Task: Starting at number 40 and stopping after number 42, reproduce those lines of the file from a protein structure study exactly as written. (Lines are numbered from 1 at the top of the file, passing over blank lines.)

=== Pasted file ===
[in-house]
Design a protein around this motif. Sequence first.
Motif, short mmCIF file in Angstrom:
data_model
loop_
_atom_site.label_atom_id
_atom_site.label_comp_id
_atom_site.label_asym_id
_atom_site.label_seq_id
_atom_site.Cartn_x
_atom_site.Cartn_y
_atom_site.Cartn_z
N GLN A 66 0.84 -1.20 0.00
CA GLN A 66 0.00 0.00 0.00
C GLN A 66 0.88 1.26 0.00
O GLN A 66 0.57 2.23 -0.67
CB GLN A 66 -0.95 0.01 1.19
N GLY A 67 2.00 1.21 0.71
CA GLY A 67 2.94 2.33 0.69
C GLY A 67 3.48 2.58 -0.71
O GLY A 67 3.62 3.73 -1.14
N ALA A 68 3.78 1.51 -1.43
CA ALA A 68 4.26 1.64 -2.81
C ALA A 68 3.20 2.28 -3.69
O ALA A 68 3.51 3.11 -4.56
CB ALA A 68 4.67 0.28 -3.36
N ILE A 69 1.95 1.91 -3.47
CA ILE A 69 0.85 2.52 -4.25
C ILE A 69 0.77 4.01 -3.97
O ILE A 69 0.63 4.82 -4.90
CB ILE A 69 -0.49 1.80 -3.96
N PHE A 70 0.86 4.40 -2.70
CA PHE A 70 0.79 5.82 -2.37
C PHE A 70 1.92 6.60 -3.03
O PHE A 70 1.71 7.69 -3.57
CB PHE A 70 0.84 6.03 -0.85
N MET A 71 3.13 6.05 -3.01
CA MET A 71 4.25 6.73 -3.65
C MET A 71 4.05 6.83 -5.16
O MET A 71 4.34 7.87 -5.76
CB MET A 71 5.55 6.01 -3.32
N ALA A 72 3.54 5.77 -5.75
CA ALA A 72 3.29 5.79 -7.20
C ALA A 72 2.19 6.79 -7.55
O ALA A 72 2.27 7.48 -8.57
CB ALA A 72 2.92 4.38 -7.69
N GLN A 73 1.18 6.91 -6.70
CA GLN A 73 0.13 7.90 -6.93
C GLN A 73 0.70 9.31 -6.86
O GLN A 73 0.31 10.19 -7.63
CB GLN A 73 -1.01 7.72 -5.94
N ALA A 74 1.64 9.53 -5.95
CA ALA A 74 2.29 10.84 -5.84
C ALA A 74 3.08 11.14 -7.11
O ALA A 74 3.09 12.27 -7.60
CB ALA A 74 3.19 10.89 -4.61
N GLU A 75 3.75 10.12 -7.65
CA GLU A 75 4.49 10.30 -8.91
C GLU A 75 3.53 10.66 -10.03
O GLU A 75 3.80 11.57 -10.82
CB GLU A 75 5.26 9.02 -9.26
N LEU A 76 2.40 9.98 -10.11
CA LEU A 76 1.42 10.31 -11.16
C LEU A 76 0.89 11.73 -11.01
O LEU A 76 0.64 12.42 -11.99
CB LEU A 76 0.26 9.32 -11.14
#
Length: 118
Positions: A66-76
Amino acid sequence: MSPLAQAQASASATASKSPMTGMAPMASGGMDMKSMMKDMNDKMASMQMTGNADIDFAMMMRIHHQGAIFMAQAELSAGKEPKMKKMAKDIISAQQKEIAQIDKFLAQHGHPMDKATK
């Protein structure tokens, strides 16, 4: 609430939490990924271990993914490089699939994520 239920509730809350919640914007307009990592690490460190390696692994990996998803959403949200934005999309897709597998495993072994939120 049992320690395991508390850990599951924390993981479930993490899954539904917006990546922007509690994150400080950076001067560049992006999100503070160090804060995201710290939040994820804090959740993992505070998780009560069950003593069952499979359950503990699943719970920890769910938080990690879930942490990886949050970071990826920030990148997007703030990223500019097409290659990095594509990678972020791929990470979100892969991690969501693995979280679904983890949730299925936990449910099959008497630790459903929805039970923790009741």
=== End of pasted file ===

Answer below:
O MET A 71 4.34 7.87 -5.76
CB MET A 71 5.55 6.01 -3.32
N ALA A 72 3.54 5.77 -5.75